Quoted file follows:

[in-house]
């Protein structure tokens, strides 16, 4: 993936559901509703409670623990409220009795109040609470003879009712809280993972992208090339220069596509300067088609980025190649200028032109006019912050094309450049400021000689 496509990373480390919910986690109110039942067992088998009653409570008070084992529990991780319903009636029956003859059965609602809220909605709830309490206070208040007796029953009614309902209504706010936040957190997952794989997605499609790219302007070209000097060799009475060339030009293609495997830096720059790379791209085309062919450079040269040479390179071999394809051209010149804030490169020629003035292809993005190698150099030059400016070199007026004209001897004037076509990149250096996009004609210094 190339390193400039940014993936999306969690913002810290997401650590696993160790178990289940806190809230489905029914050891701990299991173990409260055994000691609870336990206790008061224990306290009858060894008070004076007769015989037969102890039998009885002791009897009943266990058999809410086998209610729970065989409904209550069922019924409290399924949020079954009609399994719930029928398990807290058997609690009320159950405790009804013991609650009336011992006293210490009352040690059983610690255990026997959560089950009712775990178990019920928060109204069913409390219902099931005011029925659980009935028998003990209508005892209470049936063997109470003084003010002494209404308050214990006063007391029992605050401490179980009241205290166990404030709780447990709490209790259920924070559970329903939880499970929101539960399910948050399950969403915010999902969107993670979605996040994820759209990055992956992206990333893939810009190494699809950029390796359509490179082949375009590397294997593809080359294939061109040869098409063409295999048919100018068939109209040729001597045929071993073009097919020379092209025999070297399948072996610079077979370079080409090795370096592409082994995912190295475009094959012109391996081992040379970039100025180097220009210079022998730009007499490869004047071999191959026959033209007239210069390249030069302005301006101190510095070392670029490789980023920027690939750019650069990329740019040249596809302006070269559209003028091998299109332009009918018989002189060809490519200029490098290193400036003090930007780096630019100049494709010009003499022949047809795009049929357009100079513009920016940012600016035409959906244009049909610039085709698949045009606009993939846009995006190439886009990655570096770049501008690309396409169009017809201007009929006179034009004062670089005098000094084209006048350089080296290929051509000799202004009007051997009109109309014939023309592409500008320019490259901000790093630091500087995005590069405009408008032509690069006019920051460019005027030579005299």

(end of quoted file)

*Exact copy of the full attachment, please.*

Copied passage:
[in-house]
């Protein structure tokens, strides 16, 4: 993936559901509703409670623990409220009795109040609470003879009712809280993972992208090339220069596509300067088609980025190649200028032109006019912050094309450049400021000689 496509990373480390919910986690109110039942067992088998009653409570008070084992529990991780319903009636029956003859059965609602809220909605709830309490206070208040007796029953009614309902209504706010936040957190997952794989997605499609790219302007070209000097060799009475060339030009293609495997830096720059790379791209085309062919450079040269040479390179071999394809051209010149804030490169020629003035292809993005190698150099030059400016070199007026004209001897004037076509990149250096996009004609210094 190339390193400039940014993936999306969690913002810290997401650590696993160790178990289940806190809230489905029914050891701990299991173990409260055994000691609870336990206790008061224990306290009858060894008070004076007769015989037969102890039998009885002791009897009943266990058999809410086998209610729970065989409904209550069922019924409290399924949020079954009609399994719930029928398990807290058997609690009320159950405790009804013991609650009336011992006293210490009352040690059983610690255990026997959560089950009712775990178990019920928060109204069913409390219902099931005011029925659980009935028998003990209508005892209470049936063997109470003084003010002494209404308050214990006063007391029992605050401490179980009241205290166990404030709780447990709490209790259920924070559970329903939880499970929101539960399910948050399950969403915010999902969107993670979605996040994820759209990055992956992206990333893939810009190494699809950029390796359509490179082949375009590397294997593809080359294939061109040869098409063409295999048919100018068939109209040729001597045929071993073009097919020379092209025999070297399948072996610079077979370079080409090795370096592409082994995912190295475009094959012109391996081992040379970039100025180097220009210079022998730009007499490869004047071999191959026959033209007239210069390249030069302005301006101190510095070392670029490789980023920027690939750019650069990329740019040249596809302006070269559209003028091998299109332009009918018989002189060809490519200029490098290193400036003090930007780096630019100049494709010009003499022949047809795009049929357009100079513009920016940012600016035409959906244009049909610039085709698949045009606009993939846009995006190439886009990655570096770049501008690309396409169009017809201007009929006179034009004062670089005098000094084209006048350089080296290929051509000799202004009007051997009109109309014939023309592409500008320019490259901000790093630091500087995005590069405009408008032509690069006019920051460019005027030579005299």